Our Best Christmas Ever
Photo by: Kurt Magoon
As I write this article, I am surrounded by boxes, new gifts, and the remaining bits of wrapping paper. Our house is in a bit of chaos, but that’s alright, it was a wonderful Christmas both financially and emotionally. This Christmas was one of our best Christmases ever.
This was the first Christmas that I can remember where we didn’t rely on credit cards. In the past we would have used whatever spare cash we had to purchase gifts and then rely on our credit cards to pay for the rest. We seldom stuck to a specific budget and frequently purchased gifts for our children and for ourselves that were way beyond our means. This year was different:
We started saving for Christmas a year ago
We made the decision early last year to cut up our credit cards and no longer use them. As part of this decision, we looked at all of the various expenditures we relied on our credit cards for: property taxes, overspending, Christmas, special occasions, etc. For known upcoming expenses like property taxes, special occasions and Christmas we began setting aside money each month. I talked about this already in a previous article, but wanted to share a little more detail with you.
To do this, we determined the amount we would need and and how many months from then we would need it. For example, for Christmas our amount was $1800.00. Since it was January, we had 12 months before we needed the money and thus started putting away $150.00/month into a special ING Savings account named “Christmas Fund”. I made these deposits automatic and a fixed line item in our budget.
We applied the same principles to our other upcoming expenses.
We budgeted our Christmas fund
In November we budgeted the $1800.00 up across all of the various people we would be purchasing gifts for, including ourselves. We set an amount for each of our children, our parents, our friends, and ourselves. For our children we tiered the amounts, giving our oldest a higher budget amount since the items we wants are generally more expensive than our younger children. Madison over at My Dollar Plan wrote about this same topic of spending different amounts on children.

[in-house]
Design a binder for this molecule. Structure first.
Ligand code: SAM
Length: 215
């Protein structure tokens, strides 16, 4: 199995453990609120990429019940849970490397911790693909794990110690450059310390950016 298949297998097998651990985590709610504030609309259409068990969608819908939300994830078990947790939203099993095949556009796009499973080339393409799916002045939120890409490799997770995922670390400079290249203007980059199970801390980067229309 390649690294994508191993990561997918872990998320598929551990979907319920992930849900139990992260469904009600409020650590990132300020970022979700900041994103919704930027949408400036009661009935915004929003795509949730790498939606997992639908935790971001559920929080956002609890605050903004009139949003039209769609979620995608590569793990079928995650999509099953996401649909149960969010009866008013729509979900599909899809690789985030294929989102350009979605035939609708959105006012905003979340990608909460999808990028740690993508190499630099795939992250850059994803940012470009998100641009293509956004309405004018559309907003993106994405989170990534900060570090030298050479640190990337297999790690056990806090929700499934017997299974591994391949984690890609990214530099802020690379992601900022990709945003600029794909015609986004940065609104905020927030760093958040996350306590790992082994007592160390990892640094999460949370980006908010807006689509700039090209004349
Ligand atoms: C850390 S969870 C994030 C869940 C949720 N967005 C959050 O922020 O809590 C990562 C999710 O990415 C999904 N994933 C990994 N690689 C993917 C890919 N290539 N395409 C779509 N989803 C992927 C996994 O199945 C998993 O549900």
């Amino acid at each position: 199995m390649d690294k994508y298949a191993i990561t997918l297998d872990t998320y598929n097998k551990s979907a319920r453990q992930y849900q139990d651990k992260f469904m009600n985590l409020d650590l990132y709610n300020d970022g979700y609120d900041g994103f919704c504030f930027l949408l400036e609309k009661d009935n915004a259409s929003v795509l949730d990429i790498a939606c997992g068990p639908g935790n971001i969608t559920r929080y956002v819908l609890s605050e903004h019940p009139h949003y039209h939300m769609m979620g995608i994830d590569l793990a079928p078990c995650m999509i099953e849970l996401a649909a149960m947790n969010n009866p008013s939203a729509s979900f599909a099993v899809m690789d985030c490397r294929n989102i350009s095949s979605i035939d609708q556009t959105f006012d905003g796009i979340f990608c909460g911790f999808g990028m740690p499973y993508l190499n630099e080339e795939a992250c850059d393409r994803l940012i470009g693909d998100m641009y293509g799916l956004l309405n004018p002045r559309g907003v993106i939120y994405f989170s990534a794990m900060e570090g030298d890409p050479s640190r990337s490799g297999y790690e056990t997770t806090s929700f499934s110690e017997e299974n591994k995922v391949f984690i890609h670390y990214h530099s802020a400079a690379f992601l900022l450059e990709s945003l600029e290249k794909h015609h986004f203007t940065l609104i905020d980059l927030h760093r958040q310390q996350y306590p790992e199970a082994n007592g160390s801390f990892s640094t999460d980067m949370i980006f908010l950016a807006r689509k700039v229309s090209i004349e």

We purchased our gifts using a special checking account
We started purchasing our gifts early to avoid the Christmas rush. I transferred the money from our Christmas fund into our ING checking account and we used the associated debit card to pay for all of our gifts. This kept up us from mixing our normal income with our Christmas expenditures. In other words it avoided another potential area for overspending and allowed us to easily track our Christmas spending and budget.
No Stress this year
While we have always enjoyed Christmas and I certainly don’t want to imply we haven’t enjoyed it or looked forward to it the past, but until this year there was always a level of stress we had to deal with. Always that feeling of dread as I thought about how much further into debt we had slipped, wondering how we would pay for it, and dreaded seeing the credit card bill in January.
Not this year. This was the first year we didn’t stress nor even think about money. We paid for all of our gifts in cash and never touched our credit cards once. No new debt, no feeling of dread, no stress. This year we were able to relax, enjoy spending time with our family, and playing with the gifts our children received knowing they were 100% ours and paid for. It was truly our best Christmas ever.
How was your Christmas this year? Did you use credit cards this year or did you use cash? Was it another stressful Christmas for you? Share your story by adding a comment below.
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- Money Saving Monday Tip #17 – Saving for Christmas
- Thank God for Credit Cards!
- 10 Creative ways to cut-up your credit card